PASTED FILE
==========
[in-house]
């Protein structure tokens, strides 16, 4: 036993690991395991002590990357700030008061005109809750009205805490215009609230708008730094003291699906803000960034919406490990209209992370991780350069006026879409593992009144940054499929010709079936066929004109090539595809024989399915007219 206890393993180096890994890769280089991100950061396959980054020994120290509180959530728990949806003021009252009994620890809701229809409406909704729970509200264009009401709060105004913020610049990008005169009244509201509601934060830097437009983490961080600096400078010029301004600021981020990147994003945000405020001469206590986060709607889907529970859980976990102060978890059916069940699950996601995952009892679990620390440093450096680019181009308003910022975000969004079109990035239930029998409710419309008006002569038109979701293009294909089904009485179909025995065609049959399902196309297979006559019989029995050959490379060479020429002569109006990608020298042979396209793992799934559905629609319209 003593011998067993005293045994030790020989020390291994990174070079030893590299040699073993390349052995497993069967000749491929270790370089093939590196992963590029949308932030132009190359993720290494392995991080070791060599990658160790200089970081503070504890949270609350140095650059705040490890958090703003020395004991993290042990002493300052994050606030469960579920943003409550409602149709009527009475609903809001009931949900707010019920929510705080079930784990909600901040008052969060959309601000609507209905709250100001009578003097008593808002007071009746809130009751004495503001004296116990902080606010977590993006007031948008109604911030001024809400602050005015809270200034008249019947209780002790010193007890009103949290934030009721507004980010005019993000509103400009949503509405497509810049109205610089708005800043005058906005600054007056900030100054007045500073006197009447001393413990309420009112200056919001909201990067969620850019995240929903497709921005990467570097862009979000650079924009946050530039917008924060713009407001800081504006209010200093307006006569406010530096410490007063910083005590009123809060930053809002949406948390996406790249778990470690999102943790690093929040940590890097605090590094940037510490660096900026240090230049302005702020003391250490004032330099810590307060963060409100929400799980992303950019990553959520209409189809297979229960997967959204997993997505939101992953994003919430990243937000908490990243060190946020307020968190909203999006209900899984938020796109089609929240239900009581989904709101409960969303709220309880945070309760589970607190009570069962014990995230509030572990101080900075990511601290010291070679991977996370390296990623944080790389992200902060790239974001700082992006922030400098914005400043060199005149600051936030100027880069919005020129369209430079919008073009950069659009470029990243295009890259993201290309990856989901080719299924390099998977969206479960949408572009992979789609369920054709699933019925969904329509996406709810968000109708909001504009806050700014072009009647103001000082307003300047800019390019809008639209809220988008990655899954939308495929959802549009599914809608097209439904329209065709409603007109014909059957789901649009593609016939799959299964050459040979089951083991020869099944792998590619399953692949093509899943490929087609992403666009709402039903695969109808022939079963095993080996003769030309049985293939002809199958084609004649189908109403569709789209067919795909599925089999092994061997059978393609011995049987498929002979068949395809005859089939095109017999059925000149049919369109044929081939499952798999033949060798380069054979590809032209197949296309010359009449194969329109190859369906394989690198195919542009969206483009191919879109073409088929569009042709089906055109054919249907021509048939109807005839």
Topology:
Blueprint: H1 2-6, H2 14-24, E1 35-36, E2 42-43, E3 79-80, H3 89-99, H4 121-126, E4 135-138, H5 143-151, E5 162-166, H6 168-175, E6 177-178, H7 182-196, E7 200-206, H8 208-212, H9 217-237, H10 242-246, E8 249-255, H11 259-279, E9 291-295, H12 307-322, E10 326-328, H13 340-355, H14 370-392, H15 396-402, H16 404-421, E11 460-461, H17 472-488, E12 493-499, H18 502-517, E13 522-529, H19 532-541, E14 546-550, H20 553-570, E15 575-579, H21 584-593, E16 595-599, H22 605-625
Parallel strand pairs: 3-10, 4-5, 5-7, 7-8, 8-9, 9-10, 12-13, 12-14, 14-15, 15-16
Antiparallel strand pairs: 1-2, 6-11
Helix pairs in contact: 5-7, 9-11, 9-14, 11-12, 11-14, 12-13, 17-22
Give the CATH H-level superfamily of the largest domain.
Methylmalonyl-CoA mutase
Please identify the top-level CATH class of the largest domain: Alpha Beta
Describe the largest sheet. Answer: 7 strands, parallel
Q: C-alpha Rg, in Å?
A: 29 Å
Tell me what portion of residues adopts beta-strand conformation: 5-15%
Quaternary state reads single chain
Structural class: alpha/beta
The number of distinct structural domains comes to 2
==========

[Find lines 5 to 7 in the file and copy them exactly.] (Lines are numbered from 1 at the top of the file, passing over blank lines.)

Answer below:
Parallel strand pairs: 3-10, 4-5, 5-7, 7-8, 8-9, 9-10, 12-13, 12-14, 14-15, 15-16
Antiparallel strand pairs: 1-2, 6-11
Helix pairs in contact: 5-7, 9-11, 9-14, 11-12, 11-14, 12-13, 17-22